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Take your Angular Material components prettier and accessible| Emma Twersky | EnterpriseNG 2021


Did you know that in the most recent release, Angular Material has undergone a sweeping review of accessibility and more intuitive theming, and the tagline is more accurate than ever!?
In this talk, you’ll learn:
What exactly has changed in the newest release of Angular Material How to take advantage of the latest updates The latest “best practices” when designing custom themes And more! Upon completion of this session, you’ll have the tools and knowledge you need to take advantage of the latest advancements for better theme development. ng-conf is a three-day Angular conference focused on delivering the highest quality training in the Angular JavaScript framework. 1500+ developers from across the globe converge on Salt Lake City, UT every year to attend talks and workshops by the Angular team and community experts.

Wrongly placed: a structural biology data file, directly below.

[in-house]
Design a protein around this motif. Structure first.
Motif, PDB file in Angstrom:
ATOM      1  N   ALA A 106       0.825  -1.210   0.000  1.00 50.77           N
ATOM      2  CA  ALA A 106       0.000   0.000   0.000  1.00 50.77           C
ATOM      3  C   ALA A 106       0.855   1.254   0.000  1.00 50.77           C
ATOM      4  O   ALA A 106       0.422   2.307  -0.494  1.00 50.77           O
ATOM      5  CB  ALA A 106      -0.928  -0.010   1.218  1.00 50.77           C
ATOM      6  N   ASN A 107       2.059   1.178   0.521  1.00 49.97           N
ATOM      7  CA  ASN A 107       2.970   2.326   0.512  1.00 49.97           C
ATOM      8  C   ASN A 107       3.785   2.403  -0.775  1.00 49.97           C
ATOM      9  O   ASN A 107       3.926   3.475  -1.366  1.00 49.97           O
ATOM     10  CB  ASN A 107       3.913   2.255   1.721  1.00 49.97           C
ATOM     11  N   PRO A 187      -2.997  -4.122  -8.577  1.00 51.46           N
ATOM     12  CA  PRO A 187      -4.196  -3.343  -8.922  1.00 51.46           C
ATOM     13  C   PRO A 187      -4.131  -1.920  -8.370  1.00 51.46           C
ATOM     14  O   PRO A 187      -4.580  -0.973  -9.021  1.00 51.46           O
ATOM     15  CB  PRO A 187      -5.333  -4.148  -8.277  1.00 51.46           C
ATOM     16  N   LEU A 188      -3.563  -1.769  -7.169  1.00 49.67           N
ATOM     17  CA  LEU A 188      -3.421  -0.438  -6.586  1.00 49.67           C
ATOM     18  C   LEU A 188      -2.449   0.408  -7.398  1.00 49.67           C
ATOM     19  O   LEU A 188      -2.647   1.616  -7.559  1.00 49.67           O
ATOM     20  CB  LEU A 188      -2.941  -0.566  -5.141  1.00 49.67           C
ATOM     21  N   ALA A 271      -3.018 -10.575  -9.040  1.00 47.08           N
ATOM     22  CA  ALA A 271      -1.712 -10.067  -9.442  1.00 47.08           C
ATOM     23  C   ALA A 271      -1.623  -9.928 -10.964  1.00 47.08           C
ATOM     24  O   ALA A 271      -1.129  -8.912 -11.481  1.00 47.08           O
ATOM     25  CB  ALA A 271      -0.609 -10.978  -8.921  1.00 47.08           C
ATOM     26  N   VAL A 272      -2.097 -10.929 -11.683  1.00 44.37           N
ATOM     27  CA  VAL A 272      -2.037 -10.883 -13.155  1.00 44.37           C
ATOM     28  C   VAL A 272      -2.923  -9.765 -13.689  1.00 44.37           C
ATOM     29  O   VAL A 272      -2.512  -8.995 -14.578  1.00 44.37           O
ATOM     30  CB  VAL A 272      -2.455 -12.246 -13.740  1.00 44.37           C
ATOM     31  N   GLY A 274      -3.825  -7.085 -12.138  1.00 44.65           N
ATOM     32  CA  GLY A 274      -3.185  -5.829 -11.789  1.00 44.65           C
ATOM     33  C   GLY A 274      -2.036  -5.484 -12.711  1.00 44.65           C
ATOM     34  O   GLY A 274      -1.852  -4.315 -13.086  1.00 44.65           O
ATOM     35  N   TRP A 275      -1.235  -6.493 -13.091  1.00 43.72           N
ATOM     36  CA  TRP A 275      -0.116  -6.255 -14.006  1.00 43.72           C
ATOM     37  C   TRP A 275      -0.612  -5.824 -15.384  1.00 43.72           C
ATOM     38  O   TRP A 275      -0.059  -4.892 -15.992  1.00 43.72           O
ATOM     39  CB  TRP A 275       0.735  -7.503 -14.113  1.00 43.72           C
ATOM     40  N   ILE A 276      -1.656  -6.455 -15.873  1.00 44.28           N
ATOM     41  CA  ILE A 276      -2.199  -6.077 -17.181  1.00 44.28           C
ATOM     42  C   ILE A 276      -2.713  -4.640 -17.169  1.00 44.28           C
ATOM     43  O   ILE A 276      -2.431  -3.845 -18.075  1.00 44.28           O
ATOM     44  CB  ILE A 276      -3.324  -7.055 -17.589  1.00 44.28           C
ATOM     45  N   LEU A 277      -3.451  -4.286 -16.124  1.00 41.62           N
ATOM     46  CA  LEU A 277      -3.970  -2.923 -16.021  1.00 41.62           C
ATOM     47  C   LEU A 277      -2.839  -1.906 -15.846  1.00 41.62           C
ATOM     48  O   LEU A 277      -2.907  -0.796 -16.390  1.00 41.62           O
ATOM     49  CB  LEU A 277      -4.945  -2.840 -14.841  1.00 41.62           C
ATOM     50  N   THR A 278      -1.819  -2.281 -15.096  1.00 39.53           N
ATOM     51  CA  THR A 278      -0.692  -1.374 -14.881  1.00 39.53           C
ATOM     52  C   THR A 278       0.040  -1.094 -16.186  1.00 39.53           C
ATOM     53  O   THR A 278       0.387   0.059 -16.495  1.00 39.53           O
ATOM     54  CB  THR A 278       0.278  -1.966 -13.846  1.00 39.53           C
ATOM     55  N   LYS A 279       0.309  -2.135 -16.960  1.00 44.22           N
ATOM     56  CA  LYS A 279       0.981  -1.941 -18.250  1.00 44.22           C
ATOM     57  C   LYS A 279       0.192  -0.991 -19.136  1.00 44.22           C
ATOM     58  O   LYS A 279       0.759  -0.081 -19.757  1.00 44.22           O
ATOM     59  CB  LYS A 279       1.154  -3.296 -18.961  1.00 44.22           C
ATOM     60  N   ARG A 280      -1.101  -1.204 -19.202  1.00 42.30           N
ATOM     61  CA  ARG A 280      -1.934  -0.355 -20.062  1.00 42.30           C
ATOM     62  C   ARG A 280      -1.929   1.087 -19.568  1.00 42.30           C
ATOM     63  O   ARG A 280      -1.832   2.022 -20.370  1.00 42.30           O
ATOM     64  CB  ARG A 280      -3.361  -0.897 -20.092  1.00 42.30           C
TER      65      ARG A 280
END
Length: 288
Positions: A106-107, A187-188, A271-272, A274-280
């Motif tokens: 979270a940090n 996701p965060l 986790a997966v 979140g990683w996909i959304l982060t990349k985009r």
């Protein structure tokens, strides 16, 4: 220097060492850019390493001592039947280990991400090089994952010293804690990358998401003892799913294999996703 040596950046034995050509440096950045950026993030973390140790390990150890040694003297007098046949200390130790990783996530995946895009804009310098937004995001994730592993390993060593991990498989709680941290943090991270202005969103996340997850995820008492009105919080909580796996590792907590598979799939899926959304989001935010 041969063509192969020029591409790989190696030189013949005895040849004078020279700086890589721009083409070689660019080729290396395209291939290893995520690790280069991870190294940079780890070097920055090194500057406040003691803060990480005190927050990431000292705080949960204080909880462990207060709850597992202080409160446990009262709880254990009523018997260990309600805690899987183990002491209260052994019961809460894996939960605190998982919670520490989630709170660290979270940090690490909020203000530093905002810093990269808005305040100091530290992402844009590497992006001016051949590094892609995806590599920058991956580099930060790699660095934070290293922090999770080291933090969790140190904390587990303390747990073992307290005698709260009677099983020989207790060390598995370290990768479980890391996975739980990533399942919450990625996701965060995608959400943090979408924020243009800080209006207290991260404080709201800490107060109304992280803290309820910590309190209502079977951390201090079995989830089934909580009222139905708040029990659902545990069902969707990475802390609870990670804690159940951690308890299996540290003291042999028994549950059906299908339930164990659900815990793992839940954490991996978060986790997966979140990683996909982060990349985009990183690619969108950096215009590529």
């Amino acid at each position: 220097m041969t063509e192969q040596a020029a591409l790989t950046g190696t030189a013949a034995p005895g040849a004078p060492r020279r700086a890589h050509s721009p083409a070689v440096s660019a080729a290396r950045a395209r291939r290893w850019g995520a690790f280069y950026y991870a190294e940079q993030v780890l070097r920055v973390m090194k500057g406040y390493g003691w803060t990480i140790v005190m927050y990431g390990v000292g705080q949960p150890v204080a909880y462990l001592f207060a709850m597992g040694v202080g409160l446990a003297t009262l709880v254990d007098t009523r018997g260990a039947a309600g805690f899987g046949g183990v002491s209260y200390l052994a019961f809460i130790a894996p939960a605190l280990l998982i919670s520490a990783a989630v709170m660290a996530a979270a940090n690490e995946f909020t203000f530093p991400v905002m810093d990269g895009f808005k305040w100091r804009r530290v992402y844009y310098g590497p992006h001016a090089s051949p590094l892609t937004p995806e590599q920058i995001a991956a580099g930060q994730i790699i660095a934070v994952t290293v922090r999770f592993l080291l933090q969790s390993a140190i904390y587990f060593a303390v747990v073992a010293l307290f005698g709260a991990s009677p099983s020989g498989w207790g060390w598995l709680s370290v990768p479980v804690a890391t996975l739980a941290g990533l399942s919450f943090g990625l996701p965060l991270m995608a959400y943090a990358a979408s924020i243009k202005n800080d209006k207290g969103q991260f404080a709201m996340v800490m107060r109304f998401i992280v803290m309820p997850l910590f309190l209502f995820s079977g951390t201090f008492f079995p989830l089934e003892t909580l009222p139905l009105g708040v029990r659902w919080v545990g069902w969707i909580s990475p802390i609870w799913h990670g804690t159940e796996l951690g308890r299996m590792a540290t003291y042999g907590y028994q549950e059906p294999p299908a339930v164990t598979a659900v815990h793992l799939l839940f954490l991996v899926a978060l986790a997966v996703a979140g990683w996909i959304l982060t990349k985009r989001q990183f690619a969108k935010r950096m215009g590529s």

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Hey there, I'm Joe Williams. Before we get into the video, I want to remind you about Ng Cough happening on August 31 in person. So head over to to check out the speakers, check out the talks, and get your ticket. It's time to get it back together. This is going to have to do. All right, so the last two years haven't exactly felt the most beautiful, but we all want to build beautiful applications, so let's dive into some new changes in angular material that make that possible. Hi, everyone. My name is Emma Turski, and I'm a developer relations engineer on the Angular team at Google. The documents tagline for Angular Material is accessible and versatile components. In the most recent releases, Angular Material has undergone a sweeping review of accessibility and more intuitive theming, and that tagline is more accurate than ever. Let's spend the next ten to 15 minutes taking a deeper look at what exactly has changed, how to take advantage of those latest changes and best practices for theming, as well as where things are headed next. Since 2020, the Angular component repository has merged over 40 PRS tagged with Accessibility or Alf, and why. So what's in those PRS? This began with a comprehensive review of our components for Web accessibility standards, which were then implemented and launched as a part of version 13. There are too many improvements to show, but let's take a look at two enhancements I'm specifically excited about that significantly improved accessibility of Angular Material previously auto focus in your Dialogues side navigation and bottom sheets was a Boolean value that allowed users to specify whether the container element or first tabable element is focused on Open. That's a great start, but there are many instances where we want to focus on something else, like a dialogue header or different element. Plus, the blaming thing is a little bit confusing, since we were always going to auto focus on an element, we just wanted an option to specify which one. Now we have an expanded set of accepted values so that you can always specify using a CSS selector to focus on the first element that matches that, or choose something like the first header element. If none of those elements can be focused, then the container element is focused by default. Another improvement is a set of updates to the visual contrast, including special attention to the component's appearance in High Contrast mode. High Contrast Mode on Windows is an accessibility feature designed to increase text legibility and improve readability. The feature works by enabling the user to select theme colors for a scoped number of semantic elements. While it's not explicitly a part of Wakag requirements or any sort of web accessibility musthaves for the Web, it represents our team's commitment towards making components as accessible as possible. For more improvements and to see a comprehensive rundown of all of the changes, you can check out a blog post I wrote on the angular Blog if you're interested in learning more about accessibility and components, you can also check out the newly revised documentation on each of the components page, including an accessibility section that calls out these changes and how to implement them per component. You can also take the Accessibility and Angular Code Lab on Google Code Labs. The migration to integrating MDC website is currently in progress on the Angular roadmap and incorporates reusable primitives for building material design components to align more closely with the material design specifications. This upgrade to newer specs includes a range of built in accessibility improvements without us having to change anything specific to the Angular library code base. The MDC migration includes specs with things like higher contrast ratios for colors, better contrast on things like disabled options, and larger touch targets on things like checkboxes and buttons. In quarter four, the team is continuing to prioritize accessibility work with some of the trickier components like date Picker, which I can definitely say is a bit of a picky component. Now that we've talked about accessibility, let's look at versatility. We want to make sure that developers like yourself can use components to fit your unique business needs by providing a flexible foundation, whether that means creating CDK primitives or fully functional components. One area of flexibility I'm excited about is how we style our components. Version twelve introduced the option to use inline SAS in your angular components. The CLI now has an option to provide an inline style language and compile SAS directly from your components into styling. This provides a versatile way for developers to style your components, and it's helpful for those of you out there using single file components or those developers who just want to add a small amount of styling within a component file. Another change to styling is the migration from at import to Atuse in 2019, staff introduced a new module system, including the migration from import to use. By switching to use syntax, we can more easily determine what CSS is unused and reduce the size of compiled CSS output. This makes it impossible to inadvertently pull in transitive dependencies, and each module is only included once, no matter how many times the styles are loaded. Angular Material version 13 included a migration from import usage to use for all imports into the Angular Material SAS styles. This refactor of our Theming API surface is easier to understand and read and helps you as developers take better advantage of the new module system. This migration all takes place in scripts included an Ng update, so no need to worry about how to actually make those changes. Just Ng update to version twelve and beyond. And let's take a look at one example of how this change impacts how we define angular material themes. We now make use of the introduction of namespace to define the core angular material import as Mat, then access variables such as the indigo palette by Mat indigo palette if you dig into the source code, we're also more intentional about what variables are forwarded for public access to guide users towards cleaner styles. Check out the newly rewritten Angular Material Theming documentation to see how you and this migration simplify your components. Speaking of custom theme, you may notice that those documents have gotten a lot of attention recently as we revise all of our Theming guides. But there's more coming to the space. Soon you can check out my blog post, The New State of CSS and Angular, for a sneak peek at how the deprecation of Ie eleven support enables the angular libraries to begin using CSS custom properties to expand customization in a future angular release. Angular materials migration to MDC based components is just the beginning. I'm super excited about how aligning with the latest versions of Material Three enables more accessible and versatile components, and I'm excited to bring you along with as we look towards the future of Material Three. I'd love to hear from you. If your Enterprise application is using customization and angular material, please reach out to our developer relations team as we ensure that we bring personalization and customization to the web in a way that you all can use. Thank you for spending time talking about the future of components with me, and I'll speak to you next time. Hi, I'm Joe Williams. Thanks for checking out this video from Enterprise Ng 2021. Online conferences were great, but it's time to get back in person, see your old friends, make some new ones, and take your career to the next level. Head over to to get your ticket. See you there.